Time for a few stray thoughts. I haven’t done this in a while, and I can’t come up with anything but complete randomness right now, so the timing seems auspicious:

Granola. I eats it. I didn’t used to because I thought it was ucky, and I thought it was ucky because it was pretty bad granola. Dry enough to suck every molecule of moisture out of every cell in my mouth and gritty enough to use as traction if my car got stuck on the ice. I don’t know who made that stuff or why, but as granola it was crap. Or maybe that’s just the way granola was made back then, and now they know better. We started bringing it home from the co-op when Tim asked for it, and as he asked for it more and more I started eating it, too. Crunchy and sweet, it’s pretty tasty stuff and comes in more flavors than the multicolored plastic stuff they sell to kids as breakfast cereal. There was a spell after Tim moved out where we didn’t bring much home for a while, and then a while back we started stocking up every week because both My Darling B and I were eating it for breakfast in the morning, and neither one of us are breakfast-eating people. Or weren’t. I guess we are now.

We practiced our dance steps last night and we were freaking AWESOME! By our standards. And the bar’s still set pretty low, but only because we’ve been at it for just five weeks, folks. It’s not for lack of trying. We’ve got all the steps down, for instance, but that’s about it. Grace, poise, timing, that’s all stuff far in the future. BUT WE’VE GOT THE STEPS DOWN, OKAY? That’s gotta count for something.

I thought we’d be able to get an uninterrupted night’s sleep now the weather’s warmed up and the cats have wandered off to find other places to bed down for the night, but the recent cold snap brought them right back to cuddle up alongside us like a couple of heat magnets. Last night they had me pinned to the mattress like Lilliputians pinning Gulliver to the ground. They were purring like great big furry purring things. They were just like another metaphor that I can’t recall right now.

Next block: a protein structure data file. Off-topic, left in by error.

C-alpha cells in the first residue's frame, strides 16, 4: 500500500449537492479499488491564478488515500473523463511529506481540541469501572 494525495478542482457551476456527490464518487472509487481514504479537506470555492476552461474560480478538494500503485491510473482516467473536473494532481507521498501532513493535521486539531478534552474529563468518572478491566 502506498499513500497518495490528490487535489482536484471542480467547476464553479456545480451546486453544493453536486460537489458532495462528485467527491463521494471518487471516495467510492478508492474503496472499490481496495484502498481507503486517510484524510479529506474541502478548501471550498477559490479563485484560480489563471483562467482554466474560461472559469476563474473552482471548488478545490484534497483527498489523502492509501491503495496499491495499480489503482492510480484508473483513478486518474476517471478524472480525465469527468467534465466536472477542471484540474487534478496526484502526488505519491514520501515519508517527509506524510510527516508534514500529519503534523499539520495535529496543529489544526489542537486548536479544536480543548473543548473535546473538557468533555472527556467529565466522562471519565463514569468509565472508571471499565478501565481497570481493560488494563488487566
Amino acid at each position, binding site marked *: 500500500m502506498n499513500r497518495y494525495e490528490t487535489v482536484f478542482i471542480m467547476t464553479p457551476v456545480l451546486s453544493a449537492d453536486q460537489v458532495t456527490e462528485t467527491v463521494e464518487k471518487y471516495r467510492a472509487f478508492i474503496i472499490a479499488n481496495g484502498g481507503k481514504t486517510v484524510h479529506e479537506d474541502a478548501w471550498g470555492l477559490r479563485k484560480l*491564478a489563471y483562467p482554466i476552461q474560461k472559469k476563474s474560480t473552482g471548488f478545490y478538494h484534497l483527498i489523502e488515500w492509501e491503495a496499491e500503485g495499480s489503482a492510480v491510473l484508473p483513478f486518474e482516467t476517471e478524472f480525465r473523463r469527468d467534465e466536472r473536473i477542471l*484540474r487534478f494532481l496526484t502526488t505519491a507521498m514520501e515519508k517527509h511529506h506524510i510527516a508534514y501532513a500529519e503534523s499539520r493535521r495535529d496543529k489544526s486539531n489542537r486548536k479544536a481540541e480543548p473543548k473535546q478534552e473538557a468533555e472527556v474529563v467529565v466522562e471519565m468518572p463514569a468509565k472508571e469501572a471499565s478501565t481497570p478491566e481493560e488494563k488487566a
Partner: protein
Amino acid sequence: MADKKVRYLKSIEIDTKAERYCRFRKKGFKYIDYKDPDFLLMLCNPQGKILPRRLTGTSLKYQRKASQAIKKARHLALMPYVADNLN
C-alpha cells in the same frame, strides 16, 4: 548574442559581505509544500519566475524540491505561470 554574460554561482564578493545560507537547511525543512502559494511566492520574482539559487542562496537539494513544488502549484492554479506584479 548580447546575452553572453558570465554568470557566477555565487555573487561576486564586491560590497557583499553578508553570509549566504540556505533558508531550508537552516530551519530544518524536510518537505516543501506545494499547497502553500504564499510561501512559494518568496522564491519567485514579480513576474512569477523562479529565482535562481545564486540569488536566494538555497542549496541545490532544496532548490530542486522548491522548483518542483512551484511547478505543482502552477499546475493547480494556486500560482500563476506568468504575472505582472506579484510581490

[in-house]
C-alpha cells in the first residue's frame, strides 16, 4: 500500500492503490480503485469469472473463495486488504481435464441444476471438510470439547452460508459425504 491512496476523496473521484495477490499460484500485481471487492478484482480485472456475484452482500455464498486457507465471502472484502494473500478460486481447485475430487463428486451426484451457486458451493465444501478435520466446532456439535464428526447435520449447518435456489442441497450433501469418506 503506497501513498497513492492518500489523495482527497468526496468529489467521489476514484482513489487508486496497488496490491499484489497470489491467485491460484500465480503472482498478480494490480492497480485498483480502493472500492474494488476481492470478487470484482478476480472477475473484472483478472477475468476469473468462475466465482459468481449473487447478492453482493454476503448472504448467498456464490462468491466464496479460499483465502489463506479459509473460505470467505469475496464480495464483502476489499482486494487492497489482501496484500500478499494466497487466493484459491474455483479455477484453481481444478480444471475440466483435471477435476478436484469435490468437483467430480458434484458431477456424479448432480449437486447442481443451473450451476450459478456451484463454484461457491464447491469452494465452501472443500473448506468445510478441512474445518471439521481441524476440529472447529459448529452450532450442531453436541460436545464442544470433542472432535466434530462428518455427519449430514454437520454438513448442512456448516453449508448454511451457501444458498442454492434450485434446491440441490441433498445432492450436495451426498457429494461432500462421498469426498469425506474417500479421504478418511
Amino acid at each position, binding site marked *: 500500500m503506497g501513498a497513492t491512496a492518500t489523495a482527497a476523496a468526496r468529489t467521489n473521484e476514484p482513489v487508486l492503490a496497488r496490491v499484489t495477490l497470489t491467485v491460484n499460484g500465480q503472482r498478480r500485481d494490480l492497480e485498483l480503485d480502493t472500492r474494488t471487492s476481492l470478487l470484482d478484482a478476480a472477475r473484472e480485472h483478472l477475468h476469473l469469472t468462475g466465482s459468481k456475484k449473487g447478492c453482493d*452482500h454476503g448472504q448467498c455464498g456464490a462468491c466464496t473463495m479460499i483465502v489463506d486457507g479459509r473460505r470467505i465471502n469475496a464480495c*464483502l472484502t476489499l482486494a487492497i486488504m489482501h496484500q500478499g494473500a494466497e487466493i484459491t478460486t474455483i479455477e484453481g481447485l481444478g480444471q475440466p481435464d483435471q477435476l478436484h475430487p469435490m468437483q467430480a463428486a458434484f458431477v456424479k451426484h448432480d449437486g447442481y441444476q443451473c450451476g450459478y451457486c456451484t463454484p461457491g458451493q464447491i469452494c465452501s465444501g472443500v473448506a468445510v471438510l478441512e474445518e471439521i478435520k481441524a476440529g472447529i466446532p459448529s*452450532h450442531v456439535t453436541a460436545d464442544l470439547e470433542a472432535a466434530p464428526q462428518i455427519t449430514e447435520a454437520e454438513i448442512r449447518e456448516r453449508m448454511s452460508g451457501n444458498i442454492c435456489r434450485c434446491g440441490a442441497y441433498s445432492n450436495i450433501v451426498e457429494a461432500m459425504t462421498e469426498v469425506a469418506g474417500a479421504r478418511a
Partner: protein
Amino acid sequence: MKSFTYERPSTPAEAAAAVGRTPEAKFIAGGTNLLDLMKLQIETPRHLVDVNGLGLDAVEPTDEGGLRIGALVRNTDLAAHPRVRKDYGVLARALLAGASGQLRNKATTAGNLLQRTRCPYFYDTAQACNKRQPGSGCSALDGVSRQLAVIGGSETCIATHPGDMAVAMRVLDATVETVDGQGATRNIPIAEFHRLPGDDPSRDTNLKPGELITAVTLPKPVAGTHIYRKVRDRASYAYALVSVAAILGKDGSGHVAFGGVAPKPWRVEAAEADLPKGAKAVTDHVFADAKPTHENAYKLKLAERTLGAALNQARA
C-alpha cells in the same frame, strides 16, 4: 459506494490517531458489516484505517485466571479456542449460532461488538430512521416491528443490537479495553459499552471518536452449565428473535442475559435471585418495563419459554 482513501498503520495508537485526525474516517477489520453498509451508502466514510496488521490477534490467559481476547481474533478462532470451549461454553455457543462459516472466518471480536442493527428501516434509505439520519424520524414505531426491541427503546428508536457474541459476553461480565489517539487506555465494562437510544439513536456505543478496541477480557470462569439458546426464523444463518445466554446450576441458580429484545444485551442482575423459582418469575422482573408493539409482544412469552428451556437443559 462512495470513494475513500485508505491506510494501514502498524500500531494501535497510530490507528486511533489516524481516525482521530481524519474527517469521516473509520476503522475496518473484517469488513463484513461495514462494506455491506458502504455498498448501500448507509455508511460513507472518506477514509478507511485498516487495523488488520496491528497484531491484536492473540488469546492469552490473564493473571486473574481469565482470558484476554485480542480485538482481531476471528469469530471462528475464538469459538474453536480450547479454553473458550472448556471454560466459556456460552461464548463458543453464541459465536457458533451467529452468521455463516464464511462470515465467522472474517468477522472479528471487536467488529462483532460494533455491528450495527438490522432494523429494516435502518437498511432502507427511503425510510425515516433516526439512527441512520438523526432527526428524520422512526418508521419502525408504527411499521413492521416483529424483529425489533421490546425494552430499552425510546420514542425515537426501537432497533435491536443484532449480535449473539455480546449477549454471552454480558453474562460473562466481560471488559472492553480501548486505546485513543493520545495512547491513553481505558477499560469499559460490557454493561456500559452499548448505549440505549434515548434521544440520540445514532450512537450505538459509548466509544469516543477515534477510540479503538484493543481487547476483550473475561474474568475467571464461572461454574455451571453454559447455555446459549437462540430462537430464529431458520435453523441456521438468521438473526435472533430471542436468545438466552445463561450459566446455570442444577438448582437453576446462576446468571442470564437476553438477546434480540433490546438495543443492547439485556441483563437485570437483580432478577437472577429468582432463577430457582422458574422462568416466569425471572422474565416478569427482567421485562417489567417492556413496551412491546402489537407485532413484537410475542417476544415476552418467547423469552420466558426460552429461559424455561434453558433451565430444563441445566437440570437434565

We had one of those weekends where we didn’t go out much and it seemed as though we didn’t really do all that much. I mean, we weren’t inert blobs of protoplasm; we washed some clothes, took out the trash, cleaned the kitchen and unblocked the bathroom drain, things like that. Stuff got done. Also, I finished a book I started last weekend (no prize for guessing what it was about) and My Darling B got herself up into the biggest snit ever talking to me about the book she finished.

And some of us had plans that were dashed by the cold snap that brought us that one last dump of winter (at least I’m hoping it’s the last dump). B wanted to break out her roto-tiller and turn over some soil in her garden so she could plant lettuce, and I think she may have been just a teensy bit bummed out that she couldn’t. With temps in the fifties all week, she was living in anticipation for too long not to be utterly gobsmacked by the change in weather. I’m pretty sure my head would have exploded, but I’m a little more excitable than she is.


Well, who’s going to come clean this up, then? Because it’s not gonna be me! I’m done shoveling snow.

snow snow snow DAMMIT

We here in Wisconsin have a saying about winter: It’s not over until April. March may get warm enough to go out in shirtsleeves and shorts, but there’s at least one cold snap and snowfall coming down the pike to slap us all in the face, and if you can’t abide by that, you’d better move to Texas.

We have another saying about winter that’s especially reserved for mornings like this one, typically uttered the moment we look out the window on the scene of freshly-fallen snow: Dammit! And then we pack up and head for Texas.

[Update: I just realized this is technically the first day of Spring. Touché, Mother Nature!]

in the garden

B in her gardenWith a warm spring sun still dazzling the skies over her shoulder, My Darling B turns over a forkfull of garden soil and crumbles it in her hand to see if it’s ready for planting. It looks promising. This photo was taken in the middle of last year’s potato patch.

garlic sproutingThe garlic has sprouted!

alpine strawberriesAnd the strawberries have wintered over nicely. B says these are “Alpine strawberries,” the most hearty plants she could find. They’ll survive the cold snap forecast for this weekend, she says, even if she leaves them uncovered. I certainly hope so.